¶ 12 The only difference between criminal endangerment and negligent endangerment is the state of mind with which the accused person acts. Negligence, in this context, gives rise to a lesser culpability than does acting knowingly. We therefore hold that negligent endangerment is, by statutory definition, a lesser included offense of criminal endangerment.

b. Sufficiency of the evidence.

¶ 13 Having determined that negligent endangerment is a lesser included offense of criminal endangerment, we now address whether there is sufficient evidence to support an instruction on negligent endangerment. See Feltz, ¶ 17. The evidence is sufficient to support an instruction on a lesser included offense if “the jury, based on the evidence, could be warranted in finding the defendant guilty of a lesser included offense.” Section 46–16–607(2), MCA. The evidence does not support a lesser included offense 6 instruction on negligent endangerment where the evidence shows clearly that the defendant acted knowingly. See Martinosky, ¶¶ 21–22. Nor does the evidence support a lesser included offense instruction where the defendant's evidence or theory, if believed, would require an acquittal. State v. Martinez, 1998 MT 265, ¶ 15, 291 Mont. 265, 968 P.2d 705.

¶ 14 This case is different from Martinosky, where the clear evidence of the defendant's mental state did not support an instruction on negligent endangerment. Martinosky was convicted of criminal endangerment related to a high-speed car chase through residential streets. He had admitted in a tape-recorded statement “that he saw the patrol car with its lights flashing, that he did not want to be caught by police because he had been drinking and could not afford a DUI charge, and that he drove away to avoid the police.” Martinosky, ¶ 21. He also admitted that he knew he had to be driving at least eighty miles an hour and that he fled the scene after crashing into a house to evade police. Martinosky, ¶ 21. We determined that this evidence conclusively established that Martinosky acted knowingly and, therefore, it did not support an instruction on negligent endangerment. Martinosky, ¶ 22. The evidence here is less conclusive. Shegrud's statements to officers that he had drunk two tallboys and taken prescribed oxycodone did not clearly establish awareness of a high probability that death or serious bodily injury would be caused by his conduct. The jury had to infer Shegrud's mental state from the evidence of his conduct presented at trial. Shegrud did not flee law enforcement or even respond to questioning evasively. Based on the evidence, the jury could as reasonably have inferred that Shegrud acted negligently as inferred that he acted knowingly.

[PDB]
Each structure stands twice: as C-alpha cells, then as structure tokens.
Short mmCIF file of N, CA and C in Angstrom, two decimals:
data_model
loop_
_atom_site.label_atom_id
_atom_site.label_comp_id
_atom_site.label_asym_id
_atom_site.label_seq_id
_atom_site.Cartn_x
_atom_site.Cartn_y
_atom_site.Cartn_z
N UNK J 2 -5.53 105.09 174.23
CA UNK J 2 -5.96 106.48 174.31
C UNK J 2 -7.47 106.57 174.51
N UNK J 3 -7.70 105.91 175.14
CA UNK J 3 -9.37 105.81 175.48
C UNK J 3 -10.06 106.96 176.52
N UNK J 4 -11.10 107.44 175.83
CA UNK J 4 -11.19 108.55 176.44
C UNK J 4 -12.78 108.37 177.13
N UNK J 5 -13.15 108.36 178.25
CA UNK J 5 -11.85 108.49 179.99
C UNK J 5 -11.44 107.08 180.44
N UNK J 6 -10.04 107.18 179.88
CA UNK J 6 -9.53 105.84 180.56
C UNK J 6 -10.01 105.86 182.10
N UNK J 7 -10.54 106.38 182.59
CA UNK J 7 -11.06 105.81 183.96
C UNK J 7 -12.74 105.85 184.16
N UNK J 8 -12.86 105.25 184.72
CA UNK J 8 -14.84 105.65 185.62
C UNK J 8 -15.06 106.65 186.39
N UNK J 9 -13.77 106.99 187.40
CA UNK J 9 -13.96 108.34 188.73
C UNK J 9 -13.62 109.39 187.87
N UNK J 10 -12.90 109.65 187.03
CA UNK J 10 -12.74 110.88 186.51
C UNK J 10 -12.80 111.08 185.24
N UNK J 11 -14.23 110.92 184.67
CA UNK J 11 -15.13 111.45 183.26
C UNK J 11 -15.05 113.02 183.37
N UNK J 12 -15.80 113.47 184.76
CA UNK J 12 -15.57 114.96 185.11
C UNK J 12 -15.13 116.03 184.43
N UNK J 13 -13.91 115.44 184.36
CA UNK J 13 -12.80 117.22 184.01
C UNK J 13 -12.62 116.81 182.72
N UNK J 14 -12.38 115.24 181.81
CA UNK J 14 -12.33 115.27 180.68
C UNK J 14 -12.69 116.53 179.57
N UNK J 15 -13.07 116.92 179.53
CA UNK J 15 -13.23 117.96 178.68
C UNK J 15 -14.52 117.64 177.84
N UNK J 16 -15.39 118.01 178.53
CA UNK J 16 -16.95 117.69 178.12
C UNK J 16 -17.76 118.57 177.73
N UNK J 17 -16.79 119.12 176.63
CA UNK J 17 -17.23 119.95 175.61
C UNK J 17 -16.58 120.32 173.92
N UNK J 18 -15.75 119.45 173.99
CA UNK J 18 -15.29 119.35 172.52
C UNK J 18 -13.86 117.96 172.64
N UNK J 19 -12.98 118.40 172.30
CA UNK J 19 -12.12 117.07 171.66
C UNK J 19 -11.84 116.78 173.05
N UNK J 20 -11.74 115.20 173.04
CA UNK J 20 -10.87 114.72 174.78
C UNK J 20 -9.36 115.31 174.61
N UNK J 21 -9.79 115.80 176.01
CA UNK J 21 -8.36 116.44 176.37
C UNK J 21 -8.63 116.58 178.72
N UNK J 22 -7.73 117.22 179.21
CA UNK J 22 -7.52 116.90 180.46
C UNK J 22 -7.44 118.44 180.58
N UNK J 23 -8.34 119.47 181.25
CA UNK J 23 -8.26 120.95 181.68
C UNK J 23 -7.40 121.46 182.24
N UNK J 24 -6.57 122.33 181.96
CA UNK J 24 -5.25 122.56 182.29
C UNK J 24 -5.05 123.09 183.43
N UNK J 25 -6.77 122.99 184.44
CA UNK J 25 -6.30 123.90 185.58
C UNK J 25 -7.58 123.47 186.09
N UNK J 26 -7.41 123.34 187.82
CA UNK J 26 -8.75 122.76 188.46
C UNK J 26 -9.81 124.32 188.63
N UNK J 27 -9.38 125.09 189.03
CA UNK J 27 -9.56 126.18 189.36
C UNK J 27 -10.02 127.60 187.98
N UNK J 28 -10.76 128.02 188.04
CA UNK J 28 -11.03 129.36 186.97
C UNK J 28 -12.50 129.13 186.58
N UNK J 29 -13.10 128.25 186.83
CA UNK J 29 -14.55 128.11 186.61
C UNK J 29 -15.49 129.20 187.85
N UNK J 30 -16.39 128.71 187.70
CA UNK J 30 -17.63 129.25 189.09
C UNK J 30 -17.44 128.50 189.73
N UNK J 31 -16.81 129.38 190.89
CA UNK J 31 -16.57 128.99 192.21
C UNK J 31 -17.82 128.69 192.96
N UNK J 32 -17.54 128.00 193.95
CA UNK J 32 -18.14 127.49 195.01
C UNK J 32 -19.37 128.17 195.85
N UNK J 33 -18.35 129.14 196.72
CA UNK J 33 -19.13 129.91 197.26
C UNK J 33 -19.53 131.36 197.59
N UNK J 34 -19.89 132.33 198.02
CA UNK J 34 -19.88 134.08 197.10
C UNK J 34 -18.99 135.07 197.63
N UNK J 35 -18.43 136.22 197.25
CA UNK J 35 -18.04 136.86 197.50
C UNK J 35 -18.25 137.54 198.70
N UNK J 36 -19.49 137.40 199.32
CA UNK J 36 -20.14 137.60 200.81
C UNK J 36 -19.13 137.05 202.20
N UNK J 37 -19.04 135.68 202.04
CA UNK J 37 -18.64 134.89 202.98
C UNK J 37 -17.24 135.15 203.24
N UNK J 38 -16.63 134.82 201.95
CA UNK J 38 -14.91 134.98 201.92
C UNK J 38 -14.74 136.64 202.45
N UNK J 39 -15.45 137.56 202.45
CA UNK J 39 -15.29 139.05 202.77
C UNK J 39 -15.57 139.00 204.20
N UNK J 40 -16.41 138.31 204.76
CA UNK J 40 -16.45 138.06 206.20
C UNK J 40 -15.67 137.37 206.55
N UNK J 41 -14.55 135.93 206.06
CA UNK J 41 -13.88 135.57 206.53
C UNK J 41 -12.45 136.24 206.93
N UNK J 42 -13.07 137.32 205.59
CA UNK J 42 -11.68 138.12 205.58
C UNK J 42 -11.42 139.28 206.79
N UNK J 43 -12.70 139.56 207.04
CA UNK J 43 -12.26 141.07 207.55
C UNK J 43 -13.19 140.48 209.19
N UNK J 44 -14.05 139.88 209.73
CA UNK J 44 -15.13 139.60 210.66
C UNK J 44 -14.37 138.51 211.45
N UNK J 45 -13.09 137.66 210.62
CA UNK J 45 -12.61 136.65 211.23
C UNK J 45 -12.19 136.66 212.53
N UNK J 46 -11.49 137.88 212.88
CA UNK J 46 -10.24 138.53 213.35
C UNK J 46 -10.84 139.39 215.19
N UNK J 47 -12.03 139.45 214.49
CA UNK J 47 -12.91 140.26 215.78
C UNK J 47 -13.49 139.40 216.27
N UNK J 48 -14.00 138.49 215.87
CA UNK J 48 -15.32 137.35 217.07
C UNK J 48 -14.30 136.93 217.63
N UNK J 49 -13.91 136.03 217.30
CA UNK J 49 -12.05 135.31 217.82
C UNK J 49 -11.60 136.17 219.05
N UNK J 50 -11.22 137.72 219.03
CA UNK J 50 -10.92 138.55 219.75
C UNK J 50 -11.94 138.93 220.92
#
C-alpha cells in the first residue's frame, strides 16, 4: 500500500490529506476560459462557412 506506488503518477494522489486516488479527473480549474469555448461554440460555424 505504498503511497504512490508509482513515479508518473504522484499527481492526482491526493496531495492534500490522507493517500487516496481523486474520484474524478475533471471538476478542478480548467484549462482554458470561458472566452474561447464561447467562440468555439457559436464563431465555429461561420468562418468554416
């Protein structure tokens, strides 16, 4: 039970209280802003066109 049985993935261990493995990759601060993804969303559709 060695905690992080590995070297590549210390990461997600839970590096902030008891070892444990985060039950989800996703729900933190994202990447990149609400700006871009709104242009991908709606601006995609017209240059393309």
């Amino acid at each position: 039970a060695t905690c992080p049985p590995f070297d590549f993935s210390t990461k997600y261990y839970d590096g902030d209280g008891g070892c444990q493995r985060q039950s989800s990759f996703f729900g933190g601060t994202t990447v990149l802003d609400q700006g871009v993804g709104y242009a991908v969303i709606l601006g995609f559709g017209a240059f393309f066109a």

¶ 15 Unlike Martinez, this is not a case where Shegrud's defense theory, if believed, would require acquittal. In Martinez, a bystander provided the primary testimony to support Martinez's conviction for criminal endangerment. Martinez, ¶ 17. Martinez argued on appeal that the jury could reasonably have found the bystander's testimony not credible and found him guilty of only negligent endangerment. Martinez, ¶ 19. We rejected that argument, reasoning that if the jury had discounted the bystander's testimony, there would have been no evidence at all about Martinez's actions and Martinez would have had to be acquitted. Martinez, ¶ 20. Because Martinez's theory of defense, if believed, would require acquittal, the Court found the evidence did not support a proposed jury instruction on negligent endangerment and did not reach the question of whether negligent endangerment is a lesser included offense of criminal endangerment. Martinez, ¶¶ 19–20. The instant case is distinguishable because a variety of evidence in the record could support a conviction of negligent endangerment. Shegrud's conviction did not hinge on the testimony of one key witness; and his theory, if believed, would not require acquittal. In fact, the jury's inability to reach a verdict on the DUI charge suggests that Shegrud's theory of defense gained some traction with the jury, although it nonetheless convicted him of criminal endangerment.